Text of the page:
It's Electrifying

When even Honda can't make a go of its hybrid Accord, it's tempting to write off electric cars as glorified scooters. Can any company make a profit on them? Will consumers ever warm to a ride that needs recharging?

Several entrepreneurial companies are betting on it. They include Silicon Valley-based Wrightspeed Inc., whose electric prototype blasted from 0 to 100 mph in less than seven seconds during track testing. Odyne Corp. in Hauppauge, New York, developed a plug-in electric hybrid powertrain for trucks and buses. At New York City-based Visionary Vehicles, Malcolm Bricklin, founder of Subaru of America, is designing and engineering plug-in vehicles to be manufactured in China and projected to be sold here, via a 250-dealer network, by 2010.

Companies and municipalities have also expressed interest in electrics and hybrids for their fleets. The city of Chicago, for instance, is in the fleet-testing phase for a prototype plug-in hybrid.

As gas prices rise, Middle East politics gyrate and environmental concerns grow, the time seems right. Chelsea Sexton, executive director of the advocacy group Plug In America, anticipates investments in electric cars rising. That's already happened for Tesla Motors of San Carlos, California, whose investors include PayPal co-founder Elon Musk. Musk, VCs and private investment firms infused $45 million into the company in May.

Sexton also predicts that in five to 10 years, major automakers will roll out electric cars geared toward families. But not everyone is convinced. "Small businesses are the field's current visionaries," says Bill Elrick, an alternative-fuels consultant with The Torrington Group. "[But] I'm not as optimistic as I once was about their success, [given] larger corporations' resources, influence and networks."

Martin Eberhard, 47, who founded Tesla with Marc Tarpenning, 43, agrees. Many entrepreneurs "have good intentions and high ideals but are inexperienced," he says. "If you think you can put a real production car on the road for a few million dollars, you don't understand this business."

But if any electric car company is on the brink of mainstream success, it's his. "The hands-down leader is Tesla," says Sexton. "They started out well-capitalized. They designed a sexy car worth the price. Their market doesn't blink at the price tag," which rose from $92,000 to $98,000 in June.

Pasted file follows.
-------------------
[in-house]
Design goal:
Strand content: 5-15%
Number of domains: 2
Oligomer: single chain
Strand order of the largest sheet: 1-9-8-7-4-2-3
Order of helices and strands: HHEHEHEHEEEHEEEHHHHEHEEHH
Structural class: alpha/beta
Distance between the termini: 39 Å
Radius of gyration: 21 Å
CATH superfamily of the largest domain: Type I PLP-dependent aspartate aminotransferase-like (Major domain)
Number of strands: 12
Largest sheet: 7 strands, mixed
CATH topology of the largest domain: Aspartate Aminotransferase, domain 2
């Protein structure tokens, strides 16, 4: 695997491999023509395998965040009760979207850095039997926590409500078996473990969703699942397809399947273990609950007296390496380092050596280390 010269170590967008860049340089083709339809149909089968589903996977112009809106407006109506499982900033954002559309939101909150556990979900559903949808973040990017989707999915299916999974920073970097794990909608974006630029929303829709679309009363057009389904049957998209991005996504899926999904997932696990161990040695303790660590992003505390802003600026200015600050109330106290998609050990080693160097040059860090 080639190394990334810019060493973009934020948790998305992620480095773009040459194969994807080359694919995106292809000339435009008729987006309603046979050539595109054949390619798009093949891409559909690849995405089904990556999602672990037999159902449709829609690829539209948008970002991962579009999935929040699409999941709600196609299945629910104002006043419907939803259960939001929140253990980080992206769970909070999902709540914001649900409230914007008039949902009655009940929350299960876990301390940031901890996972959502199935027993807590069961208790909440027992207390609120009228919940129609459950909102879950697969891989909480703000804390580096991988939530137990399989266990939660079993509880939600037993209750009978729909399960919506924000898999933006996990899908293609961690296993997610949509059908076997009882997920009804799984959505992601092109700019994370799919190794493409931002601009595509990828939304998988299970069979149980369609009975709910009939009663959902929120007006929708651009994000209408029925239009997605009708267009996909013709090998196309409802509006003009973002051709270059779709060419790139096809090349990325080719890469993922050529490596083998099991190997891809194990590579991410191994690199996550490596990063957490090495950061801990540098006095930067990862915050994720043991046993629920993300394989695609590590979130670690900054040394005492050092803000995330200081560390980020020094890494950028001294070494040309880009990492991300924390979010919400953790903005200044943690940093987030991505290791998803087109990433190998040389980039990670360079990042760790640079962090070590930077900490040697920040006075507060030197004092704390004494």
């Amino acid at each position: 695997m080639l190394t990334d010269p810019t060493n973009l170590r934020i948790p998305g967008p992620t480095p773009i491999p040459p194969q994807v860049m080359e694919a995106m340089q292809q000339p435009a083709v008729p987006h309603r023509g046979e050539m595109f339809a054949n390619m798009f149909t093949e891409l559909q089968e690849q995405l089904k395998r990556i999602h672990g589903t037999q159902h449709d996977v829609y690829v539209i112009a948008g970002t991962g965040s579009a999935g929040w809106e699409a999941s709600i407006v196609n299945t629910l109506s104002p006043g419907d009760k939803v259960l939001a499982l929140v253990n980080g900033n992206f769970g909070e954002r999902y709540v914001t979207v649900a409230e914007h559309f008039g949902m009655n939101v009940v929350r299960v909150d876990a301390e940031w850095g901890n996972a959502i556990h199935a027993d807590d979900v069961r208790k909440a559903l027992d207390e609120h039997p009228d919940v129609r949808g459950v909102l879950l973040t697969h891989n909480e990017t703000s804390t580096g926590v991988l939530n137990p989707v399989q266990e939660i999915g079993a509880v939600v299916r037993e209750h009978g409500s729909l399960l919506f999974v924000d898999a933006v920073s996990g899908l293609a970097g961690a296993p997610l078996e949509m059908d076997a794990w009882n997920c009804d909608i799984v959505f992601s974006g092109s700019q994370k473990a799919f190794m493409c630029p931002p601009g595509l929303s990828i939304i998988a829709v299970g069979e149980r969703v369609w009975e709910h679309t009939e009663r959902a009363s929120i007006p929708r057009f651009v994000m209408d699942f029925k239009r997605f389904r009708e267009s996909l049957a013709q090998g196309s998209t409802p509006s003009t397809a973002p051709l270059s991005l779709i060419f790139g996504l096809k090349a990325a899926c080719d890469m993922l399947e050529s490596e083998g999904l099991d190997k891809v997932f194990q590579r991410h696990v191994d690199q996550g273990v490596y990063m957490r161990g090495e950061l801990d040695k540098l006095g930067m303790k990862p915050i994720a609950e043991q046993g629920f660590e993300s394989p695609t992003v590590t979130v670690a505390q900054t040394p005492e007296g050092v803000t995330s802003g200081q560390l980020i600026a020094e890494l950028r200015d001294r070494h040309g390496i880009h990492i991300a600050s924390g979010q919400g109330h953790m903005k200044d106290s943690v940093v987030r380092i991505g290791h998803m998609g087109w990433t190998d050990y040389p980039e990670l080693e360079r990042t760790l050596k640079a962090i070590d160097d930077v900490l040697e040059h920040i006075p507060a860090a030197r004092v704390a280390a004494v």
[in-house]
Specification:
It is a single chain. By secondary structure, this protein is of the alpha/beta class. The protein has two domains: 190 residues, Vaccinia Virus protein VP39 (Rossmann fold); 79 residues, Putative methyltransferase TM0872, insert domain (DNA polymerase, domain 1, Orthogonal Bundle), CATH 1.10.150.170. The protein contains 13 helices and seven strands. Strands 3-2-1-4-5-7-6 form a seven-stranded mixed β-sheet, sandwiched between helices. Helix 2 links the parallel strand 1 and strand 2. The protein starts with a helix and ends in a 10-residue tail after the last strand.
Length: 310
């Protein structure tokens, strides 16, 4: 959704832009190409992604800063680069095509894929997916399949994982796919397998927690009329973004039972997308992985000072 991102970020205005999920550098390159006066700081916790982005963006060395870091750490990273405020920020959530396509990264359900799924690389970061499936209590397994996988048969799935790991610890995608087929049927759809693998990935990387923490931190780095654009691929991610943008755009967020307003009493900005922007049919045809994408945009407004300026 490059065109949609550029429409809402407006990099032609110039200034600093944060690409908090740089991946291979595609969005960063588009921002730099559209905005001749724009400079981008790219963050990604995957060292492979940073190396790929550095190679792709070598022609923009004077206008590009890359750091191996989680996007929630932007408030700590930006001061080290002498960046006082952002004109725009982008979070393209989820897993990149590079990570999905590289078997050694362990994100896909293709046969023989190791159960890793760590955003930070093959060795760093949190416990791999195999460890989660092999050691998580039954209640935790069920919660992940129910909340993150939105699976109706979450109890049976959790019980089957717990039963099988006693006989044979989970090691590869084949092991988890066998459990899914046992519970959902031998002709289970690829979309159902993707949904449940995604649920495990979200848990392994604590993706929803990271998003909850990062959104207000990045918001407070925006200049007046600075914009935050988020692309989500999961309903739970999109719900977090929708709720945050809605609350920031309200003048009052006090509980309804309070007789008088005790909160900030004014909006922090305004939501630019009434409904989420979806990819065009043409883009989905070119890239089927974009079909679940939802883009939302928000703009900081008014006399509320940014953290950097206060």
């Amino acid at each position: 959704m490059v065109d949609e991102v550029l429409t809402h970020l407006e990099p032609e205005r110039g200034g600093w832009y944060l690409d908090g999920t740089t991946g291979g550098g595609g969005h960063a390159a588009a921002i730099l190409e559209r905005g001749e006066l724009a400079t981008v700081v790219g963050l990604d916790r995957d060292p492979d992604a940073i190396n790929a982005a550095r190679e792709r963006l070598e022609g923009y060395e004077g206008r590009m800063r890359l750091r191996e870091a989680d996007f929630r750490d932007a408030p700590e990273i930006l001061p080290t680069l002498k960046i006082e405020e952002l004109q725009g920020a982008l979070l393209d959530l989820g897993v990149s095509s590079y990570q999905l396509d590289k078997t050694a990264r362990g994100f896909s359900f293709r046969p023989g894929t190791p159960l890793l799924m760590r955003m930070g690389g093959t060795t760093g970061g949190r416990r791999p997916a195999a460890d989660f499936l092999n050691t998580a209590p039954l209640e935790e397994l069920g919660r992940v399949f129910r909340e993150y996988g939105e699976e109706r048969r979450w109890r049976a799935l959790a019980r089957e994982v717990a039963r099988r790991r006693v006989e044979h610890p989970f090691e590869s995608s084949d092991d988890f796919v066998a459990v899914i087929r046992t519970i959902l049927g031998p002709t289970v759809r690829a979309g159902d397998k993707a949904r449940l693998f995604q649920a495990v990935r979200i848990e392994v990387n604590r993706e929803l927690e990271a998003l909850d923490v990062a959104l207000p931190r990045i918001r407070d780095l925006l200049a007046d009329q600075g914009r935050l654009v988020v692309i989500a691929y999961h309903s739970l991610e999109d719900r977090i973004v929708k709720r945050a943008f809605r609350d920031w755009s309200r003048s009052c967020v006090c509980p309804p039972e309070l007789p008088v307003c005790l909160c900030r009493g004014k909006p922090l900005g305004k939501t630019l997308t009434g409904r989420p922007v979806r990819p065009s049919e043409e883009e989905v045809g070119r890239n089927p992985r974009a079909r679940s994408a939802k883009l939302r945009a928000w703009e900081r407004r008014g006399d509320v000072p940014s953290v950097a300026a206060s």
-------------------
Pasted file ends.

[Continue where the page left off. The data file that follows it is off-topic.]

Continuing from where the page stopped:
Within five years, Eberhard predicts, Tesla will be in production with its second car and will likely launch a third model. If it meets its projections, Tesla will have sold tens of thousands of cars by then, he says, with some potentially costing a more budget-friendly $30,000 or so. "In five years, I think I can address that market," he says.

Eberhard believes there's pent-up demand for electric fleet vehicles. That's the market Phoenix Motorcars Inc., in Ontario, California, is going after. Founded by Dan Riegert, 55, and Dana Muscato, 54, Phoenix plans to produce 150 all-electric sport utility trucks this year at about $45,000 a piece. It targets public utilities, public transportation and delivery services, and expects to launch a line of consumer SUVs next year. "Many fleets are trying to improve their environmental footprint and reduce their expenditures on fuel and maintenance," says CEO Dan Elliott. Phoenix clients include Pacific Gas & Electric Co.

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This article was originally published in the October 2007 print edition of Entrepreneur with the headline: It's Electrifying.

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